Thanks for any help!
  • Dana
    Dana Member Posts: 126


    Get Dan's books, Hydronic Radiant Heating and Primary-Secondary Pumping Made Easy, available at this site. Follow the Radiant Manufactures installation instructions. I have found that the most trouble is with the control wiring. Get a good electrician who understands controls or do what I do, wire the system yourself.
  • Frank_3
    Frank_3 Member Posts: 112
    More books and stuff

    I would add Dan's "Pumping Away" to the reading list that Dana posted. You may also want to look for "Simplified Design of HVAC Systems" by William Bobenhausen (1994, John Wiley & Sons publisher).

    You say you've "gotten" a heat loss calculation. Did you do it yourself or have it done for you? I can recommend you buy a two-month license for Hvac-Calc Residential software ($39, but in online) which will allow you to do a fairly detailed heat gain and loss calculation. Since you'll undoubtedly want to cool the space in the summer, the heat gain portion will help you size the air conditioning unit and duct work.

    When you have the piping design for the heating system sketched out you may want to consider posting it here for review. The folks here can be very helpful and may raise questions about your design that you hadn't thought of yourself.
  • Frank_3
    Frank_3 Member Posts: 112
    More books and stuff

    I would add Dan's "Pumping Away" to the reading list that Dana posted. You may also want to look for "Simplified Design of HVAC Systems" by William Bobenhausen (1994, John Wiley & Sons publisher).

    You say you've "gotten" a heat loss calculation. Did you do it yourself or have it done for you? I can recommend you buy a two-month license for Hvac-Calc software ($39, buy it online) which will allow you to do a fairly detailed heat gain and loss calculation. Since you'll undoubtedly want to cool the space in the summer, the heat gain portion will help you size the air conditioning unit and duct work.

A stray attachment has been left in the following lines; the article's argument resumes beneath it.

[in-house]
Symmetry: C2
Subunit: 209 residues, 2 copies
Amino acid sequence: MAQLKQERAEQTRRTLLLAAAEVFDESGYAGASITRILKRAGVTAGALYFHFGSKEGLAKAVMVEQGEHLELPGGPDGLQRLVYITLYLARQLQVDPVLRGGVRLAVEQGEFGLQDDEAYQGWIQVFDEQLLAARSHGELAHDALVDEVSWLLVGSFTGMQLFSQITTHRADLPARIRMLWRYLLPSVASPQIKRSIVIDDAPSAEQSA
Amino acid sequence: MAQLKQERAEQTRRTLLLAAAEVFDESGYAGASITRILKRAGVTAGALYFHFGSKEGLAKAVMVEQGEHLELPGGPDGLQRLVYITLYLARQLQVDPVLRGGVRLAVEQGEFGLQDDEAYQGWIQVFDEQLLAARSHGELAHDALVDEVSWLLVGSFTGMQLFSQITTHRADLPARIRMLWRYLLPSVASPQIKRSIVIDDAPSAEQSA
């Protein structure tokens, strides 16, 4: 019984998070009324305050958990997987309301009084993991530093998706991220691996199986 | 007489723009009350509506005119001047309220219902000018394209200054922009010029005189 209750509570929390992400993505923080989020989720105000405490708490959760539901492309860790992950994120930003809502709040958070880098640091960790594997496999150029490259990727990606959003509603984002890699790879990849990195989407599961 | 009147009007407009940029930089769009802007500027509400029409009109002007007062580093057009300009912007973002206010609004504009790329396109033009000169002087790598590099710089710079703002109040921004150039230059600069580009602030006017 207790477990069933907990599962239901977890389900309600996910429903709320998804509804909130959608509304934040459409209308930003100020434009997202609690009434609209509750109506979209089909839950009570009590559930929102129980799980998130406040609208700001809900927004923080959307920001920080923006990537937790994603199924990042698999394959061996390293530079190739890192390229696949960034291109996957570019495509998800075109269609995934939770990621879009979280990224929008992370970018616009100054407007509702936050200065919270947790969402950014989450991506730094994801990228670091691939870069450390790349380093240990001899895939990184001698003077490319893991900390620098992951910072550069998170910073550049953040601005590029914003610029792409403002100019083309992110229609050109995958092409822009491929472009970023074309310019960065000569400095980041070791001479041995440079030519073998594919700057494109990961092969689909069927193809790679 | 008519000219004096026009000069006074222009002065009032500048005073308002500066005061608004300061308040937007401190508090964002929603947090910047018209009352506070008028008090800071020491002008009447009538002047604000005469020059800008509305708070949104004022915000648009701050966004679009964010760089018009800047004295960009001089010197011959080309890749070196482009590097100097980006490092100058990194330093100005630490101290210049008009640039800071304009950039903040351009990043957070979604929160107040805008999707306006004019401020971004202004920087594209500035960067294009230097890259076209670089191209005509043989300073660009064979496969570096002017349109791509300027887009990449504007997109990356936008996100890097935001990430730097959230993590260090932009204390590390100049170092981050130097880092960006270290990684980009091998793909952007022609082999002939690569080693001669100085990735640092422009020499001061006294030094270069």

When you have the piping design for the heating system sketched out you may want to consider posting it here for review. The folks here can be very helpful and may raise questions about your design that you hadn't thought of yourself.

    Hvac-Calc Residential
  • hot_rod
    hot_rod Member Posts: 21,815
    Also consider

    getting help with the venting, combustion air, and initial set up and firing of the boiler.

    Insulation and IAQ would top my list if I were building a new home. We really need to consider air changes, filtration, de and humidification, etc. I'd research and spend time planning that portion of you job also. It needs to be done early on the plan for installation space!

    Lots of reading on this subject in the trade mags, most of which have online acess to articles.

    If you belong to ASHRAE, their members magazine deals with IAQ issues on a regular basis.

    Contact www.contractingbusiness.com and see if you can get a copy of this supplement. A well written piece on IAQ and products available.

    hot rod
    Bob "hot rod" Rohr
    trainer for Caleffi NA
    Living the hydronic dream
This discussion has been closed.